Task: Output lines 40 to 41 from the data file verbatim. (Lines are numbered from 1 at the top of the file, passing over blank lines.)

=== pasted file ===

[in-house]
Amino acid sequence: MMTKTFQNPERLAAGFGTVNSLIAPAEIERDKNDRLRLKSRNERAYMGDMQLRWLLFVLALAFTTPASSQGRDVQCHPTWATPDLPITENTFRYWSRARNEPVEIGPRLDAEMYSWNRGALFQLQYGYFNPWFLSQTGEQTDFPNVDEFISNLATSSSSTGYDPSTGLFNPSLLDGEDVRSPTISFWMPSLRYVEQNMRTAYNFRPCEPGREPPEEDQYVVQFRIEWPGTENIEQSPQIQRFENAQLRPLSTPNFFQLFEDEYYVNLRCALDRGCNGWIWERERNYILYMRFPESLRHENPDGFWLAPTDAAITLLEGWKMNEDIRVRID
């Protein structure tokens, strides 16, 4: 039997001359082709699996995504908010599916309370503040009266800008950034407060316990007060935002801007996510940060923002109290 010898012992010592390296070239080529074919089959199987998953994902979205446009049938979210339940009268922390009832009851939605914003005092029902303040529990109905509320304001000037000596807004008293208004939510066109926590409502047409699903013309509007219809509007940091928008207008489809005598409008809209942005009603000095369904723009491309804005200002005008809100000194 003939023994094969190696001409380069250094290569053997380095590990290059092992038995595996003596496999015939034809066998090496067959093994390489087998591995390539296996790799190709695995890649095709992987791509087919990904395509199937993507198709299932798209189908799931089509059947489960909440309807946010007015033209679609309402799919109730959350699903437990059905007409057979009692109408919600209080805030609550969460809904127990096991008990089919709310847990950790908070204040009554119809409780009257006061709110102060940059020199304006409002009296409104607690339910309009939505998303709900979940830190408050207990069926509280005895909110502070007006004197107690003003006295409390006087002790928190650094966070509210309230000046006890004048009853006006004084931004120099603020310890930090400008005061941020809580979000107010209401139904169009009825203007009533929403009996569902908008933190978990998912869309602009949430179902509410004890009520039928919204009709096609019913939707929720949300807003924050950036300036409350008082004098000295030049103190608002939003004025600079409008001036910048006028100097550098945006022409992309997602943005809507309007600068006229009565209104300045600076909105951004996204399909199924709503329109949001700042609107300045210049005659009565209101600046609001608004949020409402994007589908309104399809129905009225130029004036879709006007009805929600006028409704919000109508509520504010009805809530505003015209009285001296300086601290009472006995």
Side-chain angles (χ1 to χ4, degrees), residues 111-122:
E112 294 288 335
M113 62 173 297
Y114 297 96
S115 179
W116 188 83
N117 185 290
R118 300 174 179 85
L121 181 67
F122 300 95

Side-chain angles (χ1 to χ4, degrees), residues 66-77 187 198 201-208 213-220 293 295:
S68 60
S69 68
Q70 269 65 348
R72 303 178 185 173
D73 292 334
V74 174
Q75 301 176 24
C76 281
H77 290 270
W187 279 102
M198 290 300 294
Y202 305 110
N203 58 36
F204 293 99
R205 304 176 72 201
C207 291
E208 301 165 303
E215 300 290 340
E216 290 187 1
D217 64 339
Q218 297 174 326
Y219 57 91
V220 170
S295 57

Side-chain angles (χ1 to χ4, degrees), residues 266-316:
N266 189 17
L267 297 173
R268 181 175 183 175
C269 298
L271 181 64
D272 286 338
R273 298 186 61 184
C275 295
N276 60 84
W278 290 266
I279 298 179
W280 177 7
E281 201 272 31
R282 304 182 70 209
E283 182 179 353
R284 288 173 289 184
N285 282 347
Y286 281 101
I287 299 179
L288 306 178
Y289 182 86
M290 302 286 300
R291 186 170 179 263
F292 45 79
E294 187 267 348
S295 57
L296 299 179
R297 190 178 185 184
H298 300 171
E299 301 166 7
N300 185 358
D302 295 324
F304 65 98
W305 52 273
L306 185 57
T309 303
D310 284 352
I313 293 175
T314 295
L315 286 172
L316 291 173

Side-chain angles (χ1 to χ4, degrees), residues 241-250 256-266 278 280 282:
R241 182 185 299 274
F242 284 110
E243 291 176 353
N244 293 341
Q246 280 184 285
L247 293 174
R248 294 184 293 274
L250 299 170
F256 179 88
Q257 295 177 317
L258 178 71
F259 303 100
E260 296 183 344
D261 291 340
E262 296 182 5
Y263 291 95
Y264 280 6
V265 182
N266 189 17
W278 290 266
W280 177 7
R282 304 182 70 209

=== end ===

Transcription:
N266 189 17
L267 297 173